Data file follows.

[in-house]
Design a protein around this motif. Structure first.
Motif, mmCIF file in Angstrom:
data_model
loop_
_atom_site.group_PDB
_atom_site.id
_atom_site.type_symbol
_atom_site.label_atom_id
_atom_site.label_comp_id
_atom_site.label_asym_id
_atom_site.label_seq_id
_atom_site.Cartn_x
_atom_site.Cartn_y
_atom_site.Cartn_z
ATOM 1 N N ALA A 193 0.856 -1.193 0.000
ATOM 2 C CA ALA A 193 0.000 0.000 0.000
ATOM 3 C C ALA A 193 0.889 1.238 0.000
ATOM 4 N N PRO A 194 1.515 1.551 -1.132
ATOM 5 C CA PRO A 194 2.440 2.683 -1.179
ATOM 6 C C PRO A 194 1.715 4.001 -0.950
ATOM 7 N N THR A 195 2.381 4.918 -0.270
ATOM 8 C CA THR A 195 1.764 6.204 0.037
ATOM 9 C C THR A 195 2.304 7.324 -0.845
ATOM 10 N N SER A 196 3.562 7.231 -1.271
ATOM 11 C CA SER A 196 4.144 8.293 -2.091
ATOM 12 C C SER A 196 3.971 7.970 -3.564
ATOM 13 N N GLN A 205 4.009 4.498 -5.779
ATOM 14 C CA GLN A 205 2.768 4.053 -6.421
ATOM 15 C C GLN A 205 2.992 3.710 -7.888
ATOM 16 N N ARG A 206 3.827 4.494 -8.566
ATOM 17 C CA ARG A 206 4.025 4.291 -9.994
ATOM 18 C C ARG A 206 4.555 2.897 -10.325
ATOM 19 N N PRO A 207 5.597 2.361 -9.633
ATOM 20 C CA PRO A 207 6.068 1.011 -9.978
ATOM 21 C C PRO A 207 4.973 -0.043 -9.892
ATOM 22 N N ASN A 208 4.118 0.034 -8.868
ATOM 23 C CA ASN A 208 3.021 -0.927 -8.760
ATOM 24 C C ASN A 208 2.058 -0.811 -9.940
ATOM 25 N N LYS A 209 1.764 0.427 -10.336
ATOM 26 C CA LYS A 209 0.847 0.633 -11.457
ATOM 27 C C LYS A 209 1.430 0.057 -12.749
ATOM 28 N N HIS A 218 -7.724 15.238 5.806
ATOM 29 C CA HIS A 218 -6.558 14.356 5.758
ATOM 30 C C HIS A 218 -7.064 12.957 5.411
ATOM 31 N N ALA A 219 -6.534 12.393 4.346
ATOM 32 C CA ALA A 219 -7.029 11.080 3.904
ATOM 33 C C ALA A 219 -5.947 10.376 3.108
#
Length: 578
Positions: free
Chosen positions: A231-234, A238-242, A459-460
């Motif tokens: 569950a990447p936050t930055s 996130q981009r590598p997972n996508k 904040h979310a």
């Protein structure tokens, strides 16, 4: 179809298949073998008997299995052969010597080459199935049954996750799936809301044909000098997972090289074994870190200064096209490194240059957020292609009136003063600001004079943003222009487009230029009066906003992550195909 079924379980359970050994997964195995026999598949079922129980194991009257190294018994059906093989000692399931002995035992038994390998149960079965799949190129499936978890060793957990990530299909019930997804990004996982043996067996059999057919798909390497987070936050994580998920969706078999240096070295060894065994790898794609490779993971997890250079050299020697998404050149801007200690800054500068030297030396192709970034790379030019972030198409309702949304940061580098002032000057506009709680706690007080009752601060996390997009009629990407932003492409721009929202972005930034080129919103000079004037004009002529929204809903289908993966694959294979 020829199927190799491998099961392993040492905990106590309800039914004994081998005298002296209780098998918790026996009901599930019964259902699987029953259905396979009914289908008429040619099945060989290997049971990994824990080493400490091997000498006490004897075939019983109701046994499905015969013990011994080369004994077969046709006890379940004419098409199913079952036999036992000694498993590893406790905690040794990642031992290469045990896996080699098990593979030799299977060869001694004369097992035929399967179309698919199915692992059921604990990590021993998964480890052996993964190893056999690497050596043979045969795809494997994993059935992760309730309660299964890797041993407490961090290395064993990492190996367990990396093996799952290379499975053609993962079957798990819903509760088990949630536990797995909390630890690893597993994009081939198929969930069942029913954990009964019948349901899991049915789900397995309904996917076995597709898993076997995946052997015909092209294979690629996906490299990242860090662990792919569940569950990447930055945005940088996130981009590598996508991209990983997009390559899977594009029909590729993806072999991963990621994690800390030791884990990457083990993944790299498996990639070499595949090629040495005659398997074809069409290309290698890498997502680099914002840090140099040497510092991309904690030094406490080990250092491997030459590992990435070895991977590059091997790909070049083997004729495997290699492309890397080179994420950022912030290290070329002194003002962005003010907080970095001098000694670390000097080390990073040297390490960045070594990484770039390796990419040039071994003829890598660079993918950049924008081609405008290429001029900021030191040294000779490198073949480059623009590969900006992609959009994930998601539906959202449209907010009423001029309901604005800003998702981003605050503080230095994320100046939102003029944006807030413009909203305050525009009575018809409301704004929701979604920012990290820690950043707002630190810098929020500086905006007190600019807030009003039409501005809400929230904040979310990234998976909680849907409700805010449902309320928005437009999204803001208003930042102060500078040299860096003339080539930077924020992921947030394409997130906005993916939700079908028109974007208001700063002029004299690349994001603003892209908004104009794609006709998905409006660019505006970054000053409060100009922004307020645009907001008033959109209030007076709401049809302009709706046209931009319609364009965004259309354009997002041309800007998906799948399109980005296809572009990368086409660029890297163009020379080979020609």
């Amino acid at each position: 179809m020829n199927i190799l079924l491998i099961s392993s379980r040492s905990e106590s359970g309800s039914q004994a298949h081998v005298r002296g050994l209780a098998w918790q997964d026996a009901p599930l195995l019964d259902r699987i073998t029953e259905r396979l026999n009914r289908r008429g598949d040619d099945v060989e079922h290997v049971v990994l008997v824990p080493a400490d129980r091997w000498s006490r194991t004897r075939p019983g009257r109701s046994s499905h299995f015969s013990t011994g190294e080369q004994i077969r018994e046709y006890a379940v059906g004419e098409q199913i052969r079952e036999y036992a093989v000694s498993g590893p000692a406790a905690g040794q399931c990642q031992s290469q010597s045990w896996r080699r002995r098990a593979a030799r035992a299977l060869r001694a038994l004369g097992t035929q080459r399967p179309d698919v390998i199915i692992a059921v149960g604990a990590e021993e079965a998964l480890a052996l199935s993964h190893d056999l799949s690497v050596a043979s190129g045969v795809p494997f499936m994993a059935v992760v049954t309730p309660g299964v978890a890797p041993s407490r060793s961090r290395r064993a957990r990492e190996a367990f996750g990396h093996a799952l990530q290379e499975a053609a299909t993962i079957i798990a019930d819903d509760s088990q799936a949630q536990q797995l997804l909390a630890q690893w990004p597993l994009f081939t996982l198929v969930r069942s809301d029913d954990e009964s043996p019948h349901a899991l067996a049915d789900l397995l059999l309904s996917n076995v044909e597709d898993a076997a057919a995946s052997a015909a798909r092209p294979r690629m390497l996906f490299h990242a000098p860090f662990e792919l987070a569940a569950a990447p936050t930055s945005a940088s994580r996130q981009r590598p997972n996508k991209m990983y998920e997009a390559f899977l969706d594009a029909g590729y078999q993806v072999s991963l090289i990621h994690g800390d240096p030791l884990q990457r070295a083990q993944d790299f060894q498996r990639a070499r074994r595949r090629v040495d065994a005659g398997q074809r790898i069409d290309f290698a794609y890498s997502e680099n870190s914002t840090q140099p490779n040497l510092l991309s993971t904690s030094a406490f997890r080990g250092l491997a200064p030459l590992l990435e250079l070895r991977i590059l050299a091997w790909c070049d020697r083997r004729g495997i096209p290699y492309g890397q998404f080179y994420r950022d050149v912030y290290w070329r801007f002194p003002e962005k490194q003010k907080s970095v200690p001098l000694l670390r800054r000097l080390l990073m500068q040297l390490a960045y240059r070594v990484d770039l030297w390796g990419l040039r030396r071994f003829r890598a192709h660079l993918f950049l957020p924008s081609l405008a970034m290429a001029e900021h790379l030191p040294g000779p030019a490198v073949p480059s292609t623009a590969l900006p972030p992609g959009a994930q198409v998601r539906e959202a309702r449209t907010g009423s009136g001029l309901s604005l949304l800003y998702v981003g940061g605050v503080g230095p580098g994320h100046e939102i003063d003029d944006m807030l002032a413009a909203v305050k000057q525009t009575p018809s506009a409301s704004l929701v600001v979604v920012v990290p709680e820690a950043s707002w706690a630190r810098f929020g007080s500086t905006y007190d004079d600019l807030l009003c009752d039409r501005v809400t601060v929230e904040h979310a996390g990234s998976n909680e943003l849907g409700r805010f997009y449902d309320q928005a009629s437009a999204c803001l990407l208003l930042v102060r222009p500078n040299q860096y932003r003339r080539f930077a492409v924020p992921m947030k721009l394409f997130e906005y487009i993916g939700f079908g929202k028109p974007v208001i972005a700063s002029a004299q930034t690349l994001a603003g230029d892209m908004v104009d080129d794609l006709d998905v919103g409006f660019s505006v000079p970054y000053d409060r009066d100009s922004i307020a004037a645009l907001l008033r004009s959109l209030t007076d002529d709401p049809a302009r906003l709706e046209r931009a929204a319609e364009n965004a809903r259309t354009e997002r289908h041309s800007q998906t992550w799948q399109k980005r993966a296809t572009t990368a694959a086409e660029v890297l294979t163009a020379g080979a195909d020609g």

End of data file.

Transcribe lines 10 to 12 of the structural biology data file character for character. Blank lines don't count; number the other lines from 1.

_atom_site.label_comp_id
_atom_site.label_asym_id
_atom_site.label_seq_id